Removal of microcystins by phototrophic biofilms. A microcosm study

Environ Sci Pollut Res Int. 2005 Nov;12(6):369-74. doi: 10.1065/espr2005.05.259.


Background, aims and scope: Microcystins (MCs) are a family of natural toxins produced by cyanobacteria (blue-green algae). As a result of eutrophication, massive cyanobacterial blooms occur more frequently and MCs represent important contaminants of freshwater ecosystems. Bacterial biodegradation is considered a main mechanism for MC breakdown in environmental conditions. While existing studies were mostly focused on MC biodegradation by planktonic bacteria, our experiments examined the fate and kinetics of MC degradation in river-originated phototrophic biofilms and investigated factors influencing the rate of MC removal.

Methods: The fate of dissolved MCs was studied in laboratory microcosms with different composition (containing water only, water with phytoplankton and/or phototrophic biofilms). Biofilms originated from river ecosystem were pre-incubated under various conditions (with/without presence of cyanobacterial biomass or model organic substrates: glucose and protein--casein). Changes in MC concentration (0-14 days) in water columns were measured by HPLC-DAD after external additions of purified MCs (160 microg L(-1), MC-LR and MC-YR), and halftimes (t1/2) of MC removal were estimated.

Results and discussion: The slow degradation of MC was revealed in tap water (t1/2 approximately 14 days) and river water without cyanobacteria (t1/2 approximately 8 days). Enhanced removal occurred in the presence of natural planktonic cyanobacteria (t1/2 approximately 44 h), most probably due to microorganisms associated with the biomass of cyanobacterial bloom. More rapid MC elimination occurred in the variants containing phototrophic biofilms, and was particularly pronounced at those biofilms pre-cultivated in the presence of cyanobacterial blooms (t1/2 approximately 20 h). Much slower removal was observed in the variants simulating possible substrate-dependent induction of microorganism metabolism (biofilms pre-incubated with glucose: t1/2 approximately 35 h, and casein: t1/2 approximately 80 h). After termination of experiments, total amounts of MCs accumulated in the biofilms were below 5% of the initial toxin level revealing significant biodegradation processes.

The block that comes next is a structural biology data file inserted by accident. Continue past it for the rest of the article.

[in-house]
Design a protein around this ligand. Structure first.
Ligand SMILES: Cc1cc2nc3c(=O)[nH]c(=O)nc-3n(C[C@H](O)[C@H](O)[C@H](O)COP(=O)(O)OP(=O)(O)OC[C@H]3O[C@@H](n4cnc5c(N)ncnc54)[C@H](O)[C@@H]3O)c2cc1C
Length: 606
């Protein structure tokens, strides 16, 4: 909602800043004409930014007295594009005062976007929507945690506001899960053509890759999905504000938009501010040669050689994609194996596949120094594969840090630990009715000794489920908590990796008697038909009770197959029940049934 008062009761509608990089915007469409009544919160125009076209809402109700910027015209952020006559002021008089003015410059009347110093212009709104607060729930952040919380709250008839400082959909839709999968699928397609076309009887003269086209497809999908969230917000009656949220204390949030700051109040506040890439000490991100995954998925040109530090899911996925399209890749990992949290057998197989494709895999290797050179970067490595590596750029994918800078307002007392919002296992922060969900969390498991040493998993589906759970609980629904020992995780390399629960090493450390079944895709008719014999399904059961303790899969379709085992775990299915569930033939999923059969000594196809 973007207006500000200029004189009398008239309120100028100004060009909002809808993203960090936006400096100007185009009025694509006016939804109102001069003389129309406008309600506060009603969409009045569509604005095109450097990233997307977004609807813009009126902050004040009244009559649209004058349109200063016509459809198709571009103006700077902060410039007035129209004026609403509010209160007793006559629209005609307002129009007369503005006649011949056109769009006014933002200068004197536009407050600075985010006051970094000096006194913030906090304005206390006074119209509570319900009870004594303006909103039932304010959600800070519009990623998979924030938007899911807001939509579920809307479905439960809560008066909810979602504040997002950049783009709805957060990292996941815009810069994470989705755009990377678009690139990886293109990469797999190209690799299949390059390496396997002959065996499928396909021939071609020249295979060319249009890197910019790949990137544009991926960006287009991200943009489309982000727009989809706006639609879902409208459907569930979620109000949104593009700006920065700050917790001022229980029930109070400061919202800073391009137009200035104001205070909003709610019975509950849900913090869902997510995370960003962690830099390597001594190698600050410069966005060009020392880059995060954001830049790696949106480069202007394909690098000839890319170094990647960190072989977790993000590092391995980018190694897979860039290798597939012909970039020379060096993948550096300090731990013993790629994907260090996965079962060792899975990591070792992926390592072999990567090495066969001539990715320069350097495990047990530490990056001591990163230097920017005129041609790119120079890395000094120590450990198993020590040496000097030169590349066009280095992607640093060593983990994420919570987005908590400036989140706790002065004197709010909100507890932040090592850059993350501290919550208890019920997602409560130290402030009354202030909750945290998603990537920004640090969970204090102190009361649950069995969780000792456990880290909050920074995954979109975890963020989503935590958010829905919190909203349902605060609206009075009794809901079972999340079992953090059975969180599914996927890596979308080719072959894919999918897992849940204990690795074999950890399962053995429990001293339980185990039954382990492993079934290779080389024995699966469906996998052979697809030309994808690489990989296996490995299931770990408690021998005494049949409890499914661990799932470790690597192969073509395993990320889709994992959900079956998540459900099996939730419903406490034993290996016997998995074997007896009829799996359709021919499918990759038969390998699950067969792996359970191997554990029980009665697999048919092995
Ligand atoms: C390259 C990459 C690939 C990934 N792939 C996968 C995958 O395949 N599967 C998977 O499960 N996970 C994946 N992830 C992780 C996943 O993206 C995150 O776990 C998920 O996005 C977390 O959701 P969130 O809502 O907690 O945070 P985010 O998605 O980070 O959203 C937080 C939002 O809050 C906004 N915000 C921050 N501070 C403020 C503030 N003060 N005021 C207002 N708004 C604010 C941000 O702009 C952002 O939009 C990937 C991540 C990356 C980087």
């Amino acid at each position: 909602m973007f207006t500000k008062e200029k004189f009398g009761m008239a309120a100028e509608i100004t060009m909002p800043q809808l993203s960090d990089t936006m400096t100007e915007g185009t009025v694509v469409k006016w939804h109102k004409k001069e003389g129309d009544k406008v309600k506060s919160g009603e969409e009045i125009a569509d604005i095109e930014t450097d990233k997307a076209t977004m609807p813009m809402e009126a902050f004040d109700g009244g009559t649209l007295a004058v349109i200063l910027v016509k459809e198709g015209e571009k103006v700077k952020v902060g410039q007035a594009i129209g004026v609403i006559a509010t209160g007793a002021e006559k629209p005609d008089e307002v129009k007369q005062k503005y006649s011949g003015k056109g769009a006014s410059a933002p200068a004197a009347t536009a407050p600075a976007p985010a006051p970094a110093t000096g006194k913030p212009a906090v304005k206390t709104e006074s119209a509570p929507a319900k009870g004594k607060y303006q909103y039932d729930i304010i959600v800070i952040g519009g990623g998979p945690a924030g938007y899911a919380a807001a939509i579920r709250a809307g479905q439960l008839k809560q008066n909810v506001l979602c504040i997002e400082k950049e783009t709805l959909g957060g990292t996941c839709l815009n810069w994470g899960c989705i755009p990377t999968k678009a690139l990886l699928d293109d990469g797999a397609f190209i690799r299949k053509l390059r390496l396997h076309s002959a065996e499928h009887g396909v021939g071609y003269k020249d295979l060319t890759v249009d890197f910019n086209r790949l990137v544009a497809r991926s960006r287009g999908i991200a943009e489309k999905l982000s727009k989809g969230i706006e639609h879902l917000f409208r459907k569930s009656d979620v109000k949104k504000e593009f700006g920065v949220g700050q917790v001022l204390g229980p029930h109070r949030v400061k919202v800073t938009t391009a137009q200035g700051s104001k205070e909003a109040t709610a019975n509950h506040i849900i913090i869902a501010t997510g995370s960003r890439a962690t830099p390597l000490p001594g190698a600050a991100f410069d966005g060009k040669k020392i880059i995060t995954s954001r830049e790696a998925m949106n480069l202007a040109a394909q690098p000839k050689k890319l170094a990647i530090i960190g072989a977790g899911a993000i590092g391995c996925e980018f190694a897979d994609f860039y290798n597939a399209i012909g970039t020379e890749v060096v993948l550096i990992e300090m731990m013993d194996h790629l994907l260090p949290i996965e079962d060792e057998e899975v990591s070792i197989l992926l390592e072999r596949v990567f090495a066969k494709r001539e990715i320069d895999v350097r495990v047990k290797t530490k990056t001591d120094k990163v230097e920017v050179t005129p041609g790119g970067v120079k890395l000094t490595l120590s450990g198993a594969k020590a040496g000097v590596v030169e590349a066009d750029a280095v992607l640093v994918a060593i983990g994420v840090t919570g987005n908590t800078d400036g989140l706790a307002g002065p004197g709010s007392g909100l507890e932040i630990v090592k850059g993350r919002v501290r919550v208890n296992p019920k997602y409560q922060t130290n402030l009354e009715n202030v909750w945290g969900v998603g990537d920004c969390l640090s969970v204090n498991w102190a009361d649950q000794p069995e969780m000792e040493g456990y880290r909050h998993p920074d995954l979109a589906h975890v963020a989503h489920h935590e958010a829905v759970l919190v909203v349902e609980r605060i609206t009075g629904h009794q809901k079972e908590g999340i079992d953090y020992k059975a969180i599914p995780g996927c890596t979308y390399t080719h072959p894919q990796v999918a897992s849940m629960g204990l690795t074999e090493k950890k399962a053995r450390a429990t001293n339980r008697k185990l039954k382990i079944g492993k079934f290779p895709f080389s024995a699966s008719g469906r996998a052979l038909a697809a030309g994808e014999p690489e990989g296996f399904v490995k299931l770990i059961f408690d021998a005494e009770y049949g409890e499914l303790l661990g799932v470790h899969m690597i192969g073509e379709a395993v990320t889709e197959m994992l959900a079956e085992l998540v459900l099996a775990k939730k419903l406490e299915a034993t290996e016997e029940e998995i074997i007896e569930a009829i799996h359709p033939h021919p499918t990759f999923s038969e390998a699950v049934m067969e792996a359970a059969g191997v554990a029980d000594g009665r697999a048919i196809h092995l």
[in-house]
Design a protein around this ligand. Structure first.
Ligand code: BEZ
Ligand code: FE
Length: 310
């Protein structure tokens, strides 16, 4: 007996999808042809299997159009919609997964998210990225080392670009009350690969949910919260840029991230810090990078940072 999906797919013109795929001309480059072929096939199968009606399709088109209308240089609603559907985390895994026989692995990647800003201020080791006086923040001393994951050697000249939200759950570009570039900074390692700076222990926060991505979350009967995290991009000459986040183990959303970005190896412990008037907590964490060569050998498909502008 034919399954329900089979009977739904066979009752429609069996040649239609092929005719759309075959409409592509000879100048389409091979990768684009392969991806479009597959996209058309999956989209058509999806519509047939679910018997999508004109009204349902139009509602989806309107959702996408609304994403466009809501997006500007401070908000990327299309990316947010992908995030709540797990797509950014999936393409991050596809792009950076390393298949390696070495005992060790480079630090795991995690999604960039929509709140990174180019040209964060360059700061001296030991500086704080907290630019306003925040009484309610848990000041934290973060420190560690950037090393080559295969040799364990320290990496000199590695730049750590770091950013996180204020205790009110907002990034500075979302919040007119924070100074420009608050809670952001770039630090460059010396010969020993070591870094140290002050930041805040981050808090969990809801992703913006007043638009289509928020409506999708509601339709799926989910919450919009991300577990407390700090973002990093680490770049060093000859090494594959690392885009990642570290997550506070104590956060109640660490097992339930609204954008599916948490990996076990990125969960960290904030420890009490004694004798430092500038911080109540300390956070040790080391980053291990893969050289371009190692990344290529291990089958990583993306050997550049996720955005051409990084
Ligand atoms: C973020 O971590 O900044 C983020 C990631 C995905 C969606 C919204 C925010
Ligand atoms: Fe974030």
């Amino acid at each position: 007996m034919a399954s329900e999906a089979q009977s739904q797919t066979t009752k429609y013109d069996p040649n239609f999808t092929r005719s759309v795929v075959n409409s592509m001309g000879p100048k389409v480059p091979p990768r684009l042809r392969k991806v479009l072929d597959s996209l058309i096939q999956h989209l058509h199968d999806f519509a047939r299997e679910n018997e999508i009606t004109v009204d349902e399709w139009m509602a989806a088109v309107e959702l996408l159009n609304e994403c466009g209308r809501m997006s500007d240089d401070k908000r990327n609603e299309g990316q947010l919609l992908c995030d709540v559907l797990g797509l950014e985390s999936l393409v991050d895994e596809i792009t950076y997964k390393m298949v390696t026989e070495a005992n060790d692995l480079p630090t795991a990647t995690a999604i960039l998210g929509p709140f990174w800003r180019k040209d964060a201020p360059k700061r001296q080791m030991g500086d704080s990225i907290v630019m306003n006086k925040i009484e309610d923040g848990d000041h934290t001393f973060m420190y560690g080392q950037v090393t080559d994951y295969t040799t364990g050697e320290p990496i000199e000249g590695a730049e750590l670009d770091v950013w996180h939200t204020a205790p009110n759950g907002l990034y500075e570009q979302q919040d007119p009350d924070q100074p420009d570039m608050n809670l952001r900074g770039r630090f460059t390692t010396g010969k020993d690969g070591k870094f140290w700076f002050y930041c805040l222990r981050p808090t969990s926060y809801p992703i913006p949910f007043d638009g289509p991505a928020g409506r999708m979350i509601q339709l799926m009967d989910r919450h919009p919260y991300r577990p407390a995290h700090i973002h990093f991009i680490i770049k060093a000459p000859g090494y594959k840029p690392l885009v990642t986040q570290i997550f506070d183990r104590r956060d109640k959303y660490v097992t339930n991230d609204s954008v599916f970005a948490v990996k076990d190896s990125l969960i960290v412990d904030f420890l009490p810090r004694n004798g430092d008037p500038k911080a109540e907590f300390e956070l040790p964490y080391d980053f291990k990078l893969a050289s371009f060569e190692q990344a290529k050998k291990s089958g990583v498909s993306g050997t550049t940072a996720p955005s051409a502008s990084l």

Conclusion: The microcosm studies contributed to understanding of the environmental fate of MCs and revealed a rapid biodegradation by phototrophic biofilms. The rate of MC elimination depends on history of biofilm community, previous contact with cyanobacteria seems to be a selective factor improving the biodegradation potential.

Recommendation and outlook: Our results experimentally showed a positive role of biofilms in MC elimination during water treatment processes such as bank filtration or slow sand filtration, and could eventually serve for further research of biofilm-based technological applications for MCs removal in small-scale drinking water treatment facilities.

Publication types

  • Research Support, Non-U.S. Gov't

MeSH terms

  • Bacterial Toxins / isolation & purification*
  • Bacterial Toxins / metabolism
  • Biodegradation, Environmental / drug effects
  • Biofilms*
  • Caseins / pharmacology
  • Chlorophyta / metabolism
  • Cyanobacteria / metabolism
  • Diatoms / metabolism
  • Glucose / pharmacology
  • Microcystins
  • Peptides, Cyclic / isolation & purification*
  • Peptides, Cyclic / metabolism
  • Rivers
  • Water Pollutants, Chemical / isolation & purification*
  • Water Pollutants, Chemical / metabolism
  • Water Purification / methods


  • Bacterial Toxins
  • Caseins
  • Microcystins
  • Peptides, Cyclic
  • Water Pollutants, Chemical
  • microcystin
  • Glucose